Ancient Hamilton Sampler

What is an autosampler?

27 September 2021
An autosampler, which is short for automatic sampler, is a device used in analytical laboratories to automatically and reproducibly deliver a sample to an analytical instrument in which the sample is to be analyzed. Autosamplers can be used in chemical as well as medical laboratories. This article mainly focused on the use in chemical analysis labs.

What is not an autosampler

There are many other examples of automation for the analytical laboratory. Although there may be many similarities, typically these solutions are not mainly focusing on the delivery of a series samples to an analytical instrument. One example of other types of laboratory automation equipment are large pipetting robots and other liquid handling robots. More information about this kind of lab automation can be found at

Hamilton Microlab Star

Typical construction

An autosampler is typically built up using the following components.

1.   A container, often referred to as tray, where multiple samples can be stored 

2.   A mechanism to collect the sample, often a syringe or a needle with holding loop

3.   A mechanism that can transport the sample from the tray to the analysis instrument

4.   A contraption to clean/prepare the sample collecting mechanism for a next sample

Early history

Chemical analysis has been around for a long time. It was only in the 50’s of the last century when fundamentally new techniques started to emerge that we still find in almost all modern laboratories today. Daily practice in the analytical lab changed from traditional determination of chemical substances (titration, pH measurements, etc.) to techniques like GC, HPLC, Elemental Analysis, Mass Spectroscopy and many others.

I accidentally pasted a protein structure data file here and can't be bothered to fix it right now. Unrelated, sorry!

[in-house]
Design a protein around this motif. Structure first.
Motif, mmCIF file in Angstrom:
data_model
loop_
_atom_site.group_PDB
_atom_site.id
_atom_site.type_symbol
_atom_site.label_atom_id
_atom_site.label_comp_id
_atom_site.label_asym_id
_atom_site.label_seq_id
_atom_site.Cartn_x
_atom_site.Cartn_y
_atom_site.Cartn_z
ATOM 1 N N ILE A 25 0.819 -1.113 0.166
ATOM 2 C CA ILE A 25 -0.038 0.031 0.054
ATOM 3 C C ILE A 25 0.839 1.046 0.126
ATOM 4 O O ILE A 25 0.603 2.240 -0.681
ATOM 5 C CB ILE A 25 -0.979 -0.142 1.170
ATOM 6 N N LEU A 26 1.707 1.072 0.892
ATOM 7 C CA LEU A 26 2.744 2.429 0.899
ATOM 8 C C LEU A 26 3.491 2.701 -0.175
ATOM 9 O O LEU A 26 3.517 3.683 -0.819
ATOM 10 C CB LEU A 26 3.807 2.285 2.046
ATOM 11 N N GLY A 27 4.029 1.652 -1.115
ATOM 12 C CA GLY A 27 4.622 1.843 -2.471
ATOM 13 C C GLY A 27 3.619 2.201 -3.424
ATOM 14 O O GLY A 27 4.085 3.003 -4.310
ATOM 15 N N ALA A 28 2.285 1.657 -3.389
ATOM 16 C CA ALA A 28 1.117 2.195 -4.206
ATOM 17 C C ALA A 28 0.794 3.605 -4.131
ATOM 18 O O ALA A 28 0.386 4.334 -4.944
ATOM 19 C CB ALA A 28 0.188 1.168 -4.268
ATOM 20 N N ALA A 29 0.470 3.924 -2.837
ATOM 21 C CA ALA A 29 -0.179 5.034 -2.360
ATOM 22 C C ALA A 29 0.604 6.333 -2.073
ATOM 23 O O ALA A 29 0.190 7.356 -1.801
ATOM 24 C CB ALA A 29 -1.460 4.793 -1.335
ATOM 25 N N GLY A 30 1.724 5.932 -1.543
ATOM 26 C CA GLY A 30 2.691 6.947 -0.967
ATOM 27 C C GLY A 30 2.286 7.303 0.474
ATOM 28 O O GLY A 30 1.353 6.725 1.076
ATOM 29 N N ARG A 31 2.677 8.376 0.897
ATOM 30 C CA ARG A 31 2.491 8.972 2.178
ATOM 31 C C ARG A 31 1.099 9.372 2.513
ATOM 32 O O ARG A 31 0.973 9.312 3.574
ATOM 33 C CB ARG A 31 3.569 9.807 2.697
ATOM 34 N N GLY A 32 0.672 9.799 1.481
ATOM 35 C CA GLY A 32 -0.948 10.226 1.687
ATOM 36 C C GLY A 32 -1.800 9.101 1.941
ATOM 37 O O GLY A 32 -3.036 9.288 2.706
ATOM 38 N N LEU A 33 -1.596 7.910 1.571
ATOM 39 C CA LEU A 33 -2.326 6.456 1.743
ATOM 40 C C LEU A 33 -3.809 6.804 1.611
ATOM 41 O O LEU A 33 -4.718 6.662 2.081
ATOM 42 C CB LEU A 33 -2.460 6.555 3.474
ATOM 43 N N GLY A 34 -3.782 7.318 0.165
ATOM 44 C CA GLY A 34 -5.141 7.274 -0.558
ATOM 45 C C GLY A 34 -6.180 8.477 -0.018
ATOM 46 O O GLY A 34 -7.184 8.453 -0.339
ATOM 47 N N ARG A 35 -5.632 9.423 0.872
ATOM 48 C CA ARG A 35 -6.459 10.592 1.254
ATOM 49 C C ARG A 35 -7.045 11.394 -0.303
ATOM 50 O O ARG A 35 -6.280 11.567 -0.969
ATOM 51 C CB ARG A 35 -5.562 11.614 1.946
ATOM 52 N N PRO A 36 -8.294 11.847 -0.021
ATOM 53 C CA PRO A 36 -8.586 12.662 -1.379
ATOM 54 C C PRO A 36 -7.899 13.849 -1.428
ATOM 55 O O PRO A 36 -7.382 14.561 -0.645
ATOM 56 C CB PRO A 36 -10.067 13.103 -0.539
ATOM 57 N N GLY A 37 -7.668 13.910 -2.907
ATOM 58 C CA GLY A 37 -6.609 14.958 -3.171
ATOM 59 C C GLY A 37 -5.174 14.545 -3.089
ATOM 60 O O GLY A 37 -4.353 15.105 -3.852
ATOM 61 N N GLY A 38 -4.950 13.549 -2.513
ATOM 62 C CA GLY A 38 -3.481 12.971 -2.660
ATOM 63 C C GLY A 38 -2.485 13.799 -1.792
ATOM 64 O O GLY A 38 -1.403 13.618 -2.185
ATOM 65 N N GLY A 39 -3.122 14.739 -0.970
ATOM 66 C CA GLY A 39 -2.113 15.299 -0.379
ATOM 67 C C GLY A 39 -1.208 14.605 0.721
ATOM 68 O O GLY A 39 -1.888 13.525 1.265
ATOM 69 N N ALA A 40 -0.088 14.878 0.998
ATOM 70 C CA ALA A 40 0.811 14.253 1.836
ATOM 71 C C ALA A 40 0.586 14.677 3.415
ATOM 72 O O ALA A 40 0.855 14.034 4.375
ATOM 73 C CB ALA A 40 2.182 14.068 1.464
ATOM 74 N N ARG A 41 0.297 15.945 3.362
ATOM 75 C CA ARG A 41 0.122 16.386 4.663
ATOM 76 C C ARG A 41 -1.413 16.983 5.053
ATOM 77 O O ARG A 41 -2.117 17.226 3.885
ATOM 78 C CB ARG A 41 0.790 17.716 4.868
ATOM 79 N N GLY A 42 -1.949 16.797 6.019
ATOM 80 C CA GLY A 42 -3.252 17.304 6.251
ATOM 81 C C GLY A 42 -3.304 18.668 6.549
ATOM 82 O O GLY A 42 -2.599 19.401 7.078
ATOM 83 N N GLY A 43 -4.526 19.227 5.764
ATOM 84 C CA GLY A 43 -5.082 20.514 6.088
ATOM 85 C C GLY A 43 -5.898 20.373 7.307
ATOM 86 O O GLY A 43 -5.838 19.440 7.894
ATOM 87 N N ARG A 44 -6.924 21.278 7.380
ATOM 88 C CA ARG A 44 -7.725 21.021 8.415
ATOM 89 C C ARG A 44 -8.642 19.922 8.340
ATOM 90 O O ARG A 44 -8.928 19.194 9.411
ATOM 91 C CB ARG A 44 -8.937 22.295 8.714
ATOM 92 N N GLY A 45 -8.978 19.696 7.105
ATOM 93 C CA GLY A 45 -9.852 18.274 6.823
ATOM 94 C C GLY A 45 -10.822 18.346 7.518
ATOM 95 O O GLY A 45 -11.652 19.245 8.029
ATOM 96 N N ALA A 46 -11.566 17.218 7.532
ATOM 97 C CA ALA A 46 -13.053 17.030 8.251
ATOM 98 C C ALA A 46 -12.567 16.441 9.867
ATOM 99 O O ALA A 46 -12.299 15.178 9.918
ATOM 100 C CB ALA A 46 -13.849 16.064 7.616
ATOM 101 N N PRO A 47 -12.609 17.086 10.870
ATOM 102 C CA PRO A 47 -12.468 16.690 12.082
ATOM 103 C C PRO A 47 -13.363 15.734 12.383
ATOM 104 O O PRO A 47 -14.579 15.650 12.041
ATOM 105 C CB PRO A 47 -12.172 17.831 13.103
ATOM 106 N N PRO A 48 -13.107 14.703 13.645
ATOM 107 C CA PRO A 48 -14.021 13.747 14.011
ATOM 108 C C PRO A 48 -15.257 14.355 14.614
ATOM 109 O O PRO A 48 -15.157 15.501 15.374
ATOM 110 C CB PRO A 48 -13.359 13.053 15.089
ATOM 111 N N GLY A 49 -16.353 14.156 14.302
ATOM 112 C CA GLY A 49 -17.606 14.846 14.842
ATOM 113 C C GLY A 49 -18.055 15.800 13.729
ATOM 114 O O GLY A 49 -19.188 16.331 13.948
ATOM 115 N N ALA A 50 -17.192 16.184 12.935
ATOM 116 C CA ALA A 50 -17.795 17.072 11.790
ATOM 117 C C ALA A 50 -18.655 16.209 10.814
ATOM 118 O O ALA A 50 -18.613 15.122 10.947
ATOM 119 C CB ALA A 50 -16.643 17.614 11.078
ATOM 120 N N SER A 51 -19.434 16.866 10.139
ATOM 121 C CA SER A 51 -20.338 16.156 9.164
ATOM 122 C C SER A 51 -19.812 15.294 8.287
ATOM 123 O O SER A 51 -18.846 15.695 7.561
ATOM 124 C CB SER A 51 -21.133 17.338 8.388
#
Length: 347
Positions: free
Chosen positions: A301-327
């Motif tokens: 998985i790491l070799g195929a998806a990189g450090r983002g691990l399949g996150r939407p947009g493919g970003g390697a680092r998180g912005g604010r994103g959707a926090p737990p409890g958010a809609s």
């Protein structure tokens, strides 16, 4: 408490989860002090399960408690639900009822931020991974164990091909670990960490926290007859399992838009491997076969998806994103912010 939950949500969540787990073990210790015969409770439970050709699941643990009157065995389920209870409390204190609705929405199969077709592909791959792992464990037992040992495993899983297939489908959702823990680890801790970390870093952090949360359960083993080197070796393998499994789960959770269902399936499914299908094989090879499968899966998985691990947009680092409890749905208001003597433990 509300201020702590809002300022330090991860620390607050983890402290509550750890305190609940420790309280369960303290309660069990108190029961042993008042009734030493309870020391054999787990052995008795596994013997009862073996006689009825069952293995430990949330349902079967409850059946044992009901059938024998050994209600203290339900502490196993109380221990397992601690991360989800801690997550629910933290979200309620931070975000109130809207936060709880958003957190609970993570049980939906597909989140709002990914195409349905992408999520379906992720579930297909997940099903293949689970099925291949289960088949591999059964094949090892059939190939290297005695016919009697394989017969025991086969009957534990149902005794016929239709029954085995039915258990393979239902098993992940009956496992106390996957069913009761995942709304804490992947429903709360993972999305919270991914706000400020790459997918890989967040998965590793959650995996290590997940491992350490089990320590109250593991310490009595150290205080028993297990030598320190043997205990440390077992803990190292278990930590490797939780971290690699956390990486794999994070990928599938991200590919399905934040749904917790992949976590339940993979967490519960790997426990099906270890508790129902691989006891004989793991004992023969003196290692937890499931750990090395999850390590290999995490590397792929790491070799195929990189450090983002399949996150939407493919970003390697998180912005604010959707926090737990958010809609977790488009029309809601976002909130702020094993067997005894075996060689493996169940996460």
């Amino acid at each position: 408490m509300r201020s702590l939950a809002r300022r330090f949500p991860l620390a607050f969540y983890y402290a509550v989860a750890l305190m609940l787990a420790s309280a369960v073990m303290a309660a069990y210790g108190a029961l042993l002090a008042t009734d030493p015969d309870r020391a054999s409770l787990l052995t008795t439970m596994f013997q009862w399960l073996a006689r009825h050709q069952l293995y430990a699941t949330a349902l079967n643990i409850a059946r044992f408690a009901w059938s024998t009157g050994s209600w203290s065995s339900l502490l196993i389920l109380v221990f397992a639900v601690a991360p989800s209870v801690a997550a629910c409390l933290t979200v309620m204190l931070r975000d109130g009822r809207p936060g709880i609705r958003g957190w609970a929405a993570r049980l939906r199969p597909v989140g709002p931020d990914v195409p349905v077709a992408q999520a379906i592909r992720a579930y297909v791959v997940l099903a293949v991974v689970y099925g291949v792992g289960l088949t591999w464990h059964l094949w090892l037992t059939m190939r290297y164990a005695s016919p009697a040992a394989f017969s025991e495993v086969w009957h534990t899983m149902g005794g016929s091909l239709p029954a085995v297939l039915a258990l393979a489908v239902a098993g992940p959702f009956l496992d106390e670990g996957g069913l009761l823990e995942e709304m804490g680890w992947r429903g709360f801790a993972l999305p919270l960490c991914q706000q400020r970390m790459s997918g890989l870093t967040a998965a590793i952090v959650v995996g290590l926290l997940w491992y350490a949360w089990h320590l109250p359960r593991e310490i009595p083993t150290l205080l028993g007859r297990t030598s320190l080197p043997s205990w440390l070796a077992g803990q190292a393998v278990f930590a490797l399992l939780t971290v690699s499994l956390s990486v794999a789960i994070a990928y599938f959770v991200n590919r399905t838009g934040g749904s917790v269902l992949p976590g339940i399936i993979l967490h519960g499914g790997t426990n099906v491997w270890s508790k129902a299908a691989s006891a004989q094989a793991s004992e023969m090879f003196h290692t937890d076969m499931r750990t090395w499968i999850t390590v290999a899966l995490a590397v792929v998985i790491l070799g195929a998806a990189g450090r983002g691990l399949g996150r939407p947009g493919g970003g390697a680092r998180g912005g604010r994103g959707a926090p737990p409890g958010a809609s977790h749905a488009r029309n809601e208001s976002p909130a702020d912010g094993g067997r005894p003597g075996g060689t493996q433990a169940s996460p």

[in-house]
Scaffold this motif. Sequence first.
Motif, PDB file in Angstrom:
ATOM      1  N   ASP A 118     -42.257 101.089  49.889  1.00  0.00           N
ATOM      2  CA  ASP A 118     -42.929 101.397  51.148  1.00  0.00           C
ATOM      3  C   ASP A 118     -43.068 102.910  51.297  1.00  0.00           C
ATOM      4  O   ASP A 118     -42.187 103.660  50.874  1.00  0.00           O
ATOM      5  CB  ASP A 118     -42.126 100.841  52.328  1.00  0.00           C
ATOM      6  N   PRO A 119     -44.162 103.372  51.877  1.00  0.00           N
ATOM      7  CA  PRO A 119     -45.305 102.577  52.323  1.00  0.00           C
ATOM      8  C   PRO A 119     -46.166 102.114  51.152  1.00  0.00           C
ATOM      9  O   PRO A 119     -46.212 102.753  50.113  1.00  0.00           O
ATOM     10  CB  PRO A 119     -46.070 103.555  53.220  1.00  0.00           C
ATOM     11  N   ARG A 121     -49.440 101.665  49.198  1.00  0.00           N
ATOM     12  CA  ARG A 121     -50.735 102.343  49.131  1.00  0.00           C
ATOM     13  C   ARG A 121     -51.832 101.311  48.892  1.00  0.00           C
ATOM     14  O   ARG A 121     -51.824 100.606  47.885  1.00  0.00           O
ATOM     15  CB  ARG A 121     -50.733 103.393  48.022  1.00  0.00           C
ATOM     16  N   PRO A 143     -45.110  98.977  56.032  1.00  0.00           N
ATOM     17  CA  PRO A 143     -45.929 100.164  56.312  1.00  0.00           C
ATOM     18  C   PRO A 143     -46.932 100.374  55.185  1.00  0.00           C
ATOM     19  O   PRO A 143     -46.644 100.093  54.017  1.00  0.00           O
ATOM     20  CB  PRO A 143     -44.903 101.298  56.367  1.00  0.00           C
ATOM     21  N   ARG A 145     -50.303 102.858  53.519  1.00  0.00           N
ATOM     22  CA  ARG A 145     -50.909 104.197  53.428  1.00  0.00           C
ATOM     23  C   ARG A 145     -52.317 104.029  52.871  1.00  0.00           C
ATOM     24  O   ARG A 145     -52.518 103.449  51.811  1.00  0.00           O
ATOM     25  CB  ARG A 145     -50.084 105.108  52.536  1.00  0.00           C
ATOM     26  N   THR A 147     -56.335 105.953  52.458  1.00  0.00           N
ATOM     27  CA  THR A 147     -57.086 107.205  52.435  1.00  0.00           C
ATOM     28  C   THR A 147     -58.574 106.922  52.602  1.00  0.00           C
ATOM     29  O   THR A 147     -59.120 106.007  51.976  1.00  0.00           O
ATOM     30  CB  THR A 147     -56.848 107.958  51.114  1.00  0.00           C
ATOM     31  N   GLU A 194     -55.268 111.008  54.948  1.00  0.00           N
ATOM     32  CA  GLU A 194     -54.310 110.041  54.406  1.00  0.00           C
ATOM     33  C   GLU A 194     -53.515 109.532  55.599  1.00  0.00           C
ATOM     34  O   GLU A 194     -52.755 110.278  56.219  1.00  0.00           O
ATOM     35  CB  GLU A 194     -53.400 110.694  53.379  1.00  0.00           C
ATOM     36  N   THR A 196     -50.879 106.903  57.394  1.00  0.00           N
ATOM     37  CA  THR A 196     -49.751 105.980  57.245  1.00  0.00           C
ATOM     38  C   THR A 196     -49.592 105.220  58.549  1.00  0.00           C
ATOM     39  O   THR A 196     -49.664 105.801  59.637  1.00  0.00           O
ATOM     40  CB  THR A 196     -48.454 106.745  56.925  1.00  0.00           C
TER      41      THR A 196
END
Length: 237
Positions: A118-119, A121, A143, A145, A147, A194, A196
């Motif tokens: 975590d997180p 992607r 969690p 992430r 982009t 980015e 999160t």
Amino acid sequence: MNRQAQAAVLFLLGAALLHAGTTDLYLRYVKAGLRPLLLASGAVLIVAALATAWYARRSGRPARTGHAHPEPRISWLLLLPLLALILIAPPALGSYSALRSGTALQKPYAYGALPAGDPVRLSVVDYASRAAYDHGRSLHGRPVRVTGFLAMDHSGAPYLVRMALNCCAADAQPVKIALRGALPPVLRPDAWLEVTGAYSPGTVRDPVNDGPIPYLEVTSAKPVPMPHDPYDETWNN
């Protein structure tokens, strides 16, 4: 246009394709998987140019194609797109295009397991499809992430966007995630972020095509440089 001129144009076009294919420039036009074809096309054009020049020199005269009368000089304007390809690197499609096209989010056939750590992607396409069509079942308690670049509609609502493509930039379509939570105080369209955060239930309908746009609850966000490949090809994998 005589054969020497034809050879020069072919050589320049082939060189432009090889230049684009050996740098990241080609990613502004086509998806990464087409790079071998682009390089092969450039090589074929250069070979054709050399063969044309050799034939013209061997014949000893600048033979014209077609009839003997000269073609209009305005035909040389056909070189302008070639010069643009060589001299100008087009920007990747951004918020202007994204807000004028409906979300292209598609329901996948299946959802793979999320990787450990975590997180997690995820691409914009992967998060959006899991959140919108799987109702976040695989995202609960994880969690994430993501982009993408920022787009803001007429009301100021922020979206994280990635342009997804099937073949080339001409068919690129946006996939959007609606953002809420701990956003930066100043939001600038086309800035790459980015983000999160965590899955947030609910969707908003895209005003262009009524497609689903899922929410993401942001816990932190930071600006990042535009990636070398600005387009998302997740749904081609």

Manual GC Injections

In the 60’s these new techniques became more mature and started to find their way into mainstream qc laboratories where there was a constant stream of samples to be analyzed.

In order to utilize the expensive lab instruments more efficiently, automation was required to process samples outside normal business hours while increasing the quality of the analyses.

In the early and mid 70’s laboratory instrument started to use computer chips to operate the instruments in a more precise and automated way. Before this time, analytical instruments, such as gas chromatographs, were based on simple control electrics rather than electronics. The introduction of more sophisticated electronics and computing power opened the door for automating the sample introduction.

Tracor 500 Gas Chromatograph
Tracor 500 GC

Tracor 500 GC with Hamilton Sampler (1972)

Hewlett Packard 5700
HP 5700 GC

Hewlett Packard Series 5700 GC with 7671A Sampler (1970)


There are two main reasons why autosamplers are used.

  • Efficiency, because many samples can be processed without interference of lab personnel.
  • Quality, because human error and inconsistent sample introduction is ruled out to a large extent.


In a modern lab where many routine analyses take place, almost all analytical instruments will be equipped with an autosampler, unless there is no possibility to process the sample automatically.